Windfall Tax Debacle: Czech Banks and the Illusion of Higher Interest

The Czech government’s defense of the windfall tax debacle, claiming that banks offered people higher interests, does not hold water when scrutinized. The government posits that the billions that were to reach the state from the six largest banks as a tax on extraordinary profits, which, in the end, did not materialize, were allegedly left to the people in the form of high savings account rates. However, these rates hardly moved last year, let alone considering that the decline in real incomes significantly weakened people’s ability to save. Meanwhile, bank profits remained high.

“Due to stagnation of rates, we did not see changes in interest on savings accounts all last year except for a few minor exceptions,” Marek Pokorný, an analyst at the Port investment platform, confirmed. He reminded that achieving interest over six percent at six banks was possible, only two without a limit. Even the best savings accounts only mitigated the drop in the value of savings, as the average inflation last year was approximately 11 percent.

Interest on bank deposit products gradually increased in the fall of 2021 as the Czech National Bank raised the base rate. This rate rose to seven percent, approved by the CNB the year before last in June. Since the fall of 2022, the banks have only made cosmetic adjustments to their rate lists.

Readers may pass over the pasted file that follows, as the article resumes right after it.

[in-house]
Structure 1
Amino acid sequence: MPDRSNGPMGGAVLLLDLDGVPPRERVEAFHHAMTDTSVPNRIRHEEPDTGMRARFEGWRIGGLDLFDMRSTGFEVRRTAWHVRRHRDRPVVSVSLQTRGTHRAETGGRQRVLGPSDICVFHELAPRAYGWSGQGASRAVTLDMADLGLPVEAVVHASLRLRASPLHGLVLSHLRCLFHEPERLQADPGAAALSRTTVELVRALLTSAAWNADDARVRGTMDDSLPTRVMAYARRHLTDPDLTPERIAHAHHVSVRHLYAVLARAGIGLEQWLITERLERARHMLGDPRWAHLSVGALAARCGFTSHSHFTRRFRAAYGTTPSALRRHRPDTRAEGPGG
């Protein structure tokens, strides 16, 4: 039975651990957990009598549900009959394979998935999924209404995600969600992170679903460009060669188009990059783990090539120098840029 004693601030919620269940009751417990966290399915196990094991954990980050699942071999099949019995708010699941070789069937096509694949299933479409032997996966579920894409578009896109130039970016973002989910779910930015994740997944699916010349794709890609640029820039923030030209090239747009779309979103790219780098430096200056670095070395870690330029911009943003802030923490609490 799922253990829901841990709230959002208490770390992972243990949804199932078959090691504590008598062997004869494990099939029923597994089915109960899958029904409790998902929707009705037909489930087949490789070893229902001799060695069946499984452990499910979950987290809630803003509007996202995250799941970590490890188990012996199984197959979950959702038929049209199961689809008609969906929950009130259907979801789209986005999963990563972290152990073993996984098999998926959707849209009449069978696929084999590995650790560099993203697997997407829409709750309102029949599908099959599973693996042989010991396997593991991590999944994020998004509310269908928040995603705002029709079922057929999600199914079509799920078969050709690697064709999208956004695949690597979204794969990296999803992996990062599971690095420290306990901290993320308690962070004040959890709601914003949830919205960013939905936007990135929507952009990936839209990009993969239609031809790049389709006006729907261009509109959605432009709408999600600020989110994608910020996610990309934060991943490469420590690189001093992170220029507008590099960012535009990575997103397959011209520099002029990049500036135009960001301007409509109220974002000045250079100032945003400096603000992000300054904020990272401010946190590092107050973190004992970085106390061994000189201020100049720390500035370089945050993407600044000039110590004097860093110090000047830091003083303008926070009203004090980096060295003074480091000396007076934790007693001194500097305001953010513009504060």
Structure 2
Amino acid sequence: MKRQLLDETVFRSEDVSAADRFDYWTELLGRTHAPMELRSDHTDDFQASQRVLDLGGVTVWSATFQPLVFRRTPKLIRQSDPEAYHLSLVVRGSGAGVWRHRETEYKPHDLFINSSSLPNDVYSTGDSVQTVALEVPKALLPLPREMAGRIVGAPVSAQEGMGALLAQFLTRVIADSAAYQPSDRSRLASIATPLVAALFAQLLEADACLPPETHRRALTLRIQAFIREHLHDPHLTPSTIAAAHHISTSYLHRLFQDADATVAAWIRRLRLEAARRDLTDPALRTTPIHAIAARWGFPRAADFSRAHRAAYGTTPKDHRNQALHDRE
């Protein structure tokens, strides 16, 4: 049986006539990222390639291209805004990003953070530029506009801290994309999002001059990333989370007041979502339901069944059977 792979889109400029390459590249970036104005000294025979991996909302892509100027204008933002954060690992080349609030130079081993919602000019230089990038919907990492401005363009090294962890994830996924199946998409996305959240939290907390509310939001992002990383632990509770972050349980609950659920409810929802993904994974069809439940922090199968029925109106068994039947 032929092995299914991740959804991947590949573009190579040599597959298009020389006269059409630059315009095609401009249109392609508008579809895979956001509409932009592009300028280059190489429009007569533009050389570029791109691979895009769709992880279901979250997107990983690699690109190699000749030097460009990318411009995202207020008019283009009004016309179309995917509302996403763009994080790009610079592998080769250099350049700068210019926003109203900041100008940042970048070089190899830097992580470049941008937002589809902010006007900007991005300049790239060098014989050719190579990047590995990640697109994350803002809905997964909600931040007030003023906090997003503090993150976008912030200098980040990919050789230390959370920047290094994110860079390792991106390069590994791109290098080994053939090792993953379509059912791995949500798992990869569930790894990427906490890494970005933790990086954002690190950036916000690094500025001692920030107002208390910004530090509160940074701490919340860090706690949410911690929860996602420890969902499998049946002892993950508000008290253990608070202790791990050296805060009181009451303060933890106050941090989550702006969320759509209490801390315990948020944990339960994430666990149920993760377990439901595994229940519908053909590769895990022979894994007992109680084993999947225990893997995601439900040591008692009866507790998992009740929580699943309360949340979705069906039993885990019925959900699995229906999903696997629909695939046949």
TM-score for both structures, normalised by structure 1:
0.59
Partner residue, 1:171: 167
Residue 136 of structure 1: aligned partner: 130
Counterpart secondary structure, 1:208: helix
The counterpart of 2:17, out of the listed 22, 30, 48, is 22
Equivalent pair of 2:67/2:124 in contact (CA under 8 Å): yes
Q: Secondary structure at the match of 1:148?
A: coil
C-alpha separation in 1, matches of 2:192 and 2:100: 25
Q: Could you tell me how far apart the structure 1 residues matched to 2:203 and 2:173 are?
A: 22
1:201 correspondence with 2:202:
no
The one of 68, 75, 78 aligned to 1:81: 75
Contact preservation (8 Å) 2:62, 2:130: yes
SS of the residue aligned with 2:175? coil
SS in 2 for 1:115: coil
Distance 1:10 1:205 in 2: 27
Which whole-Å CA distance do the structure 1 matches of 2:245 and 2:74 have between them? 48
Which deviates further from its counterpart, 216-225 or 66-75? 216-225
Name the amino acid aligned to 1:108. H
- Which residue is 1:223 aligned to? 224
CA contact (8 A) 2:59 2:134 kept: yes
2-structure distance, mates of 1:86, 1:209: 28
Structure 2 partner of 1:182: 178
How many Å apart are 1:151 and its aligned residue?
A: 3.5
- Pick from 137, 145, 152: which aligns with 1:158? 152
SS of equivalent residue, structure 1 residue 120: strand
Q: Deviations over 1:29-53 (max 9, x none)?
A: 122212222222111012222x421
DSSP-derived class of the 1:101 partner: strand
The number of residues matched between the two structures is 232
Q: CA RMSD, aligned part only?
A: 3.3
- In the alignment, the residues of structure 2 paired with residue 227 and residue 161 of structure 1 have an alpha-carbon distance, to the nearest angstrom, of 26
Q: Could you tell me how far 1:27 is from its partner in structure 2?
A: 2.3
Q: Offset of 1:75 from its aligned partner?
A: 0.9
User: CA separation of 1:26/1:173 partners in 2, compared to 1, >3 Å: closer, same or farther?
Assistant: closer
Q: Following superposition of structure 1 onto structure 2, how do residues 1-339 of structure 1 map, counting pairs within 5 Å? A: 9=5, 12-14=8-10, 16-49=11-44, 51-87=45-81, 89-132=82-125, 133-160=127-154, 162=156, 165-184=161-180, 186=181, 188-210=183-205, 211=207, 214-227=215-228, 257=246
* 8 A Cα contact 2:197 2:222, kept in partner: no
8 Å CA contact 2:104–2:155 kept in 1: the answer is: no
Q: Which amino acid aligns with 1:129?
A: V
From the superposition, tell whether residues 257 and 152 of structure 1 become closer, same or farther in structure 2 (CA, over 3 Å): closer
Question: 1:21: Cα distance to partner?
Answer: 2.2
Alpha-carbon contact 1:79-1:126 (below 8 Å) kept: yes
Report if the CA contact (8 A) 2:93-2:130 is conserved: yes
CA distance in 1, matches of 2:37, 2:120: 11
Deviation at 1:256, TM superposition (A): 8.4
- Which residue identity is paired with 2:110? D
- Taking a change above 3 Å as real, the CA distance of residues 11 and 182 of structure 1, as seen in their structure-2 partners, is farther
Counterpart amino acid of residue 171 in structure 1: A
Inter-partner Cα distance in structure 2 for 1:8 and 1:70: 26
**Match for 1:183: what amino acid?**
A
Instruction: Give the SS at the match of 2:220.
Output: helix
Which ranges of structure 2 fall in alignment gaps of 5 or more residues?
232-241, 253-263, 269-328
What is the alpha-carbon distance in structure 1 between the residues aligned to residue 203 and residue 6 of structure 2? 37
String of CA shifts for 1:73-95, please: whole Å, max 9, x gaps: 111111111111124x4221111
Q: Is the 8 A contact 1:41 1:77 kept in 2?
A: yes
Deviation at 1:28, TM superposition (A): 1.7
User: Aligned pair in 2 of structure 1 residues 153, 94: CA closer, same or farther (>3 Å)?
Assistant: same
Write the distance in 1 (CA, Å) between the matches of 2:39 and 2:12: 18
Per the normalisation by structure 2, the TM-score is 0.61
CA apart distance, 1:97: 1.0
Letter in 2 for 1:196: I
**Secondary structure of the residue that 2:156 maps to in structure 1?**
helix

The silence of the banks when approached by the Novinky and Právo editorial offices to comment on profits, levies, and savings account rates is also telling. The Czech Banking Association briefly expressed, “We have been saying from the beginning that expectations regarding bank profits are completely unrealistic,” said the spokesperson for the extraordinary tax, Radek Šalša.

Finally, high bank profits persisted last year. The six largest banks, which the windfall tax affects, earned a total of CZK 57.1 billion for the previous three quarters. During the same period in 2022, it was CZK 58.4 billion. As the debate surrounding the extraordinary tax continues, the realities of the situation become increasingly apparent, and the government’s arguments seem to falter under scrutiny.